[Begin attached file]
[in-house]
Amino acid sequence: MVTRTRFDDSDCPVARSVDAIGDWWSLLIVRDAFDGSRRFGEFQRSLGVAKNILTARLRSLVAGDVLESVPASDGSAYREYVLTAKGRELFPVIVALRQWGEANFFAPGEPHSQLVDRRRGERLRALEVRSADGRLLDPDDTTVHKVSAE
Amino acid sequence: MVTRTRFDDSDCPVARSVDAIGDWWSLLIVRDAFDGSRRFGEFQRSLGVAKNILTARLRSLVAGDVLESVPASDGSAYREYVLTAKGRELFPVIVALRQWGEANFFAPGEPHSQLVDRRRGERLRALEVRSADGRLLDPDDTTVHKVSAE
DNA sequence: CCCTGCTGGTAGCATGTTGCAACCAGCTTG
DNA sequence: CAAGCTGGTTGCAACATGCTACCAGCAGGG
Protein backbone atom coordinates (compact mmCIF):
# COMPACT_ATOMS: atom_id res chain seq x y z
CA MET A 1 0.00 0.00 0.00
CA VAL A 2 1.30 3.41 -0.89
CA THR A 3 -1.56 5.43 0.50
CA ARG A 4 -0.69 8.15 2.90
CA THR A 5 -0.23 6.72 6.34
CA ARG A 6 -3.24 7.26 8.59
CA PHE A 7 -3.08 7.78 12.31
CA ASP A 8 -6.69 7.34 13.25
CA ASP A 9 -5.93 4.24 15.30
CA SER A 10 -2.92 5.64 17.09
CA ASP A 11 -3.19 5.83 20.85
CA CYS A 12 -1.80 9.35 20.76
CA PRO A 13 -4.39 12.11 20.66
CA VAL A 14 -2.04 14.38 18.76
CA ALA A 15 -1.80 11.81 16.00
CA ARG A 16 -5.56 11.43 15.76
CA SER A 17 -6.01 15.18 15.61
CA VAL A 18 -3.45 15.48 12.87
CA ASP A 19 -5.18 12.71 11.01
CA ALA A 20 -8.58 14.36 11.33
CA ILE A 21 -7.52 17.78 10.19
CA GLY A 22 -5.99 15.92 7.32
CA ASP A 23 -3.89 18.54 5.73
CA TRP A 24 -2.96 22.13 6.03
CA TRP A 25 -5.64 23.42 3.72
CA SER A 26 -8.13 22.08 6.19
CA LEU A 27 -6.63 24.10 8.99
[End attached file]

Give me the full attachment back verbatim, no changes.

[in-house]
Amino acid sequence: MVTRTRFDDSDCPVARSVDAIGDWWSLLIVRDAFDGSRRFGEFQRSLGVAKNILTARLRSLVAGDVLESVPASDGSAYREYVLTAKGRELFPVIVALRQWGEANFFAPGEPHSQLVDRRRGERLRALEVRSADGRLLDPDDTTVHKVSAE
Amino acid sequence: MVTRTRFDDSDCPVARSVDAIGDWWSLLIVRDAFDGSRRFGEFQRSLGVAKNILTARLRSLVAGDVLESVPASDGSAYREYVLTAKGRELFPVIVALRQWGEANFFAPGEPHSQLVDRRRGERLRALEVRSADGRLLDPDDTTVHKVSAE
DNA sequence: CCCTGCTGGTAGCATGTTGCAACCAGCTTG
DNA sequence: CAAGCTGGTTGCAACATGCTACCAGCAGGG
Protein backbone atom coordinates (compact mmCIF):
# COMPACT_ATOMS: atom_id res chain seq x y z
CA MET A 1 0.00 0.00 0.00
CA VAL A 2 1.30 3.41 -0.89
CA THR A 3 -1.56 5.43 0.50
CA ARG A 4 -0.69 8.15 2.90
CA THR A 5 -0.23 6.72 6.34
CA ARG A 6 -3.24 7.26 8.59
CA PHE A 7 -3.08 7.78 12.31
CA ASP A 8 -6.69 7.34 13.25
CA ASP A 9 -5.93 4.24 15.30
CA SER A 10 -2.92 5.64 17.09
CA ASP A 11 -3.19 5.83 20.85
CA CYS A 12 -1.80 9.35 20.76
CA PRO A 13 -4.39 12.11 20.66
CA VAL A 14 -2.04 14.38 18.76
CA ALA A 15 -1.80 11.81 16.00
CA ARG A 16 -5.56 11.43 15.76
CA SER A 17 -6.01 15.18 15.61
CA VAL A 18 -3.45 15.48 12.87
CA ASP A 19 -5.18 12.71 11.01
CA ALA A 20 -8.58 14.36 11.33
CA ILE A 21 -7.52 17.78 10.19
CA GLY A 22 -5.99 15.92 7.32
CA ASP A 23 -3.89 18.54 5.73
CA TRP A 24 -2.96 22.13 6.03
CA TRP A 25 -5.64 23.42 3.72
CA SER A 26 -8.13 22.08 6.19
CA LEU A 27 -6.63 24.10 8.99